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Library Happenings – Library may close when inclement weather arrives

By Angie Georgeff

It’s hard to believe we are now on the cusp of December. When I consider how warm this year has been, I wonder whether we’ll have much snow. We hardly were closed at all last winter due to inclement weather, but one never knows. Ever since the year the Mississippi Gulf Coast enjoyed a white Christmas, I don’t discount possibilities. Of course it melted before the end of the day, but for a few fun-filled hours snowmen temporarily doubled the population of the coastal counties. It was an opportunity not to be missed.

In case of inclement weather, the library may open late, close early or even be closed all day.  Our decision is made based on the condition of our parking lot and the ability of our staff to safely drive to or from their homes. Even when Unicoi County schools are closed, we may well be open, so please call 743-6533 to make sure we’re not closed if road conditions are questionable. We will waive fines for library materials that fall due on a day when we are closed if they are returned or renewed on the following business day.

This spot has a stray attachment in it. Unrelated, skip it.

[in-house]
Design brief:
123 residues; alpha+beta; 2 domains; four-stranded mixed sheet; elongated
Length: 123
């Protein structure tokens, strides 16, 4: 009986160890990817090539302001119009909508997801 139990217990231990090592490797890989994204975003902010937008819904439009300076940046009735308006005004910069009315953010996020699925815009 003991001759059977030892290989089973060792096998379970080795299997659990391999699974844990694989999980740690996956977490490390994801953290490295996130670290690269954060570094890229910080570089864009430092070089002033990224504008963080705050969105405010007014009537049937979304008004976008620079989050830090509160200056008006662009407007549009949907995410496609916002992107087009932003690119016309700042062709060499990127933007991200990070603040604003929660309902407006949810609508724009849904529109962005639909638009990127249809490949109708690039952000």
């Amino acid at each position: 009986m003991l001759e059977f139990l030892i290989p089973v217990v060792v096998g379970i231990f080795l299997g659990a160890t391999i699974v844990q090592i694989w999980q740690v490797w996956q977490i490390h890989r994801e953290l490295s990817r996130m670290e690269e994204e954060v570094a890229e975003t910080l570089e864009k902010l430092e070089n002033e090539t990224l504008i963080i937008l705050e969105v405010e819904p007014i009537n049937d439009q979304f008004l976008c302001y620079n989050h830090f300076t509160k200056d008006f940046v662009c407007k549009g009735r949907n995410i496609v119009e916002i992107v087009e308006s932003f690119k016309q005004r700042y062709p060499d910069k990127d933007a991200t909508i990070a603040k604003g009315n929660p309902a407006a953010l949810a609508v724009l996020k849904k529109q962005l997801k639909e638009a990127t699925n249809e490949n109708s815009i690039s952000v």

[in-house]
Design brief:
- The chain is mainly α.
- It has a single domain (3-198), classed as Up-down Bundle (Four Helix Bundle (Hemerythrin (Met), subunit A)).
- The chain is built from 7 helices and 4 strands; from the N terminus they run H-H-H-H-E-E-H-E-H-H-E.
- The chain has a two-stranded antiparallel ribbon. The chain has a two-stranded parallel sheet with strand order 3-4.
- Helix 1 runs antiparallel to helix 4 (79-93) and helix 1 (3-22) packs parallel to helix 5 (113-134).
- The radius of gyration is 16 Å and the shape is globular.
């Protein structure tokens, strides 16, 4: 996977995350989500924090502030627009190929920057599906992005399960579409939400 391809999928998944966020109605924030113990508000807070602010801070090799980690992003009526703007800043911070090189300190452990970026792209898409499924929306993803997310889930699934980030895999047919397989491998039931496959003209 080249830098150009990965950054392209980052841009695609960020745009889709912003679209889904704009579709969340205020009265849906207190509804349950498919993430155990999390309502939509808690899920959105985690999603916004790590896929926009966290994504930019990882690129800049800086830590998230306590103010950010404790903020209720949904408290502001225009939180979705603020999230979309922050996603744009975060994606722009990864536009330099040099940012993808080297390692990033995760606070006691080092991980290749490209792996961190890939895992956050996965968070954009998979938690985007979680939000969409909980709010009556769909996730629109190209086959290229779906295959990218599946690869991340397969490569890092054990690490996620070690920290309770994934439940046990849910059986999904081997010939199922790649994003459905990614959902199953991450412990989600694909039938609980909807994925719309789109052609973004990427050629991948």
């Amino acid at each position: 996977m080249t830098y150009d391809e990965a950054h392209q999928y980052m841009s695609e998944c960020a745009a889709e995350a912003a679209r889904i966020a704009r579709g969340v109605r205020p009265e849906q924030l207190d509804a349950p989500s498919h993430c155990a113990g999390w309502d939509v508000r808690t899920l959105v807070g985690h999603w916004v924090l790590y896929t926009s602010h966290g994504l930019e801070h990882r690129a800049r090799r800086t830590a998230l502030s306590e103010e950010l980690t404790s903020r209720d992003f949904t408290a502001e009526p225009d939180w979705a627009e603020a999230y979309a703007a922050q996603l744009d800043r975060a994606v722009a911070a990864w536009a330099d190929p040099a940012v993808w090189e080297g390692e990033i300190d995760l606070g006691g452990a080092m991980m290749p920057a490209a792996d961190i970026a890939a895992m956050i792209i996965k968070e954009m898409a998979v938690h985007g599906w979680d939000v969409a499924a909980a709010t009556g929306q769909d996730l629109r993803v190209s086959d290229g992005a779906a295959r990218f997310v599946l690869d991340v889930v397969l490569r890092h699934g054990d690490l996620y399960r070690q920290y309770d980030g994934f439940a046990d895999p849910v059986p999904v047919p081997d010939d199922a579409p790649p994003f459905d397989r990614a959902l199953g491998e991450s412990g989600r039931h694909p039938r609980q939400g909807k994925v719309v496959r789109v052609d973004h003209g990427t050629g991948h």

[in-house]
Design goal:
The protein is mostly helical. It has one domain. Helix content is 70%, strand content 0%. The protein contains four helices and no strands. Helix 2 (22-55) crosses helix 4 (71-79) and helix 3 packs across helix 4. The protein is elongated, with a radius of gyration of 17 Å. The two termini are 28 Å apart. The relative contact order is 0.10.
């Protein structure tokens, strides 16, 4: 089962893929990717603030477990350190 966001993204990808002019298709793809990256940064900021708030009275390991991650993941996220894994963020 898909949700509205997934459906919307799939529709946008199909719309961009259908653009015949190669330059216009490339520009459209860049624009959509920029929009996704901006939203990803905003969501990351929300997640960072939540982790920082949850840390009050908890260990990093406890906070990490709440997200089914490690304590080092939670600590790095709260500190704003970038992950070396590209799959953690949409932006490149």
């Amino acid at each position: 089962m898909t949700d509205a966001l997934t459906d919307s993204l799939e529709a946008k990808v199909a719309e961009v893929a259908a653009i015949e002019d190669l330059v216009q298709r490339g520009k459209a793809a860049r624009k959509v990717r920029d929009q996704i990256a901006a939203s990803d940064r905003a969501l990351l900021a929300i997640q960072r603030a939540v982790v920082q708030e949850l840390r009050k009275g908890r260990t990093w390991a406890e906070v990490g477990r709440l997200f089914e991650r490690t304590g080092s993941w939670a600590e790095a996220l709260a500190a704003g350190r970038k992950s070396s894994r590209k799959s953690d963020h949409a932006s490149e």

Coloring Bookmarks

Winter-themed coloring bookmarks are back. I believe there are few better antidotes to the stress of the holidays than books, movies and coloring. We have all three and you won’t have to spend a dime. When you come to the library to check out books and videos, take a few minutes to color a bookmark. It is a pleasure to choose the hues and make the design your own.

Throughout the holidays, we will have stations set up with bookmarks and colored pencils. Four designs are available, so you may take your choice from snowflakes, snowmen, trees or ornaments. These patterns are intended for adults, but they’re not too intricate for older children to enjoy.

Spotlight Book

It’s time once again for James Patterson’s Christmas present to his readers: an Alex Cross novel. Most of James Patterson’s books are written with the help of a coauthor, but “The People vs. Alex Cross” is pure Patterson. As you probably surmised from the book’s title, the detective finds himself on trial. The charge is murder.

Although Cross knows he fired in self-defense, the evidence against him appears damning.  Prosecutors and the press are baying for blood, and even Cross’s children entertain doubts about their father’s innocence.

Cross is, of course, suspended from the force pending the outcome of his trial. Nevertheless, he can’t help but investigate a shocking video that may preserve clues to the disappearances of several young women. Innocent lives hang in the balance.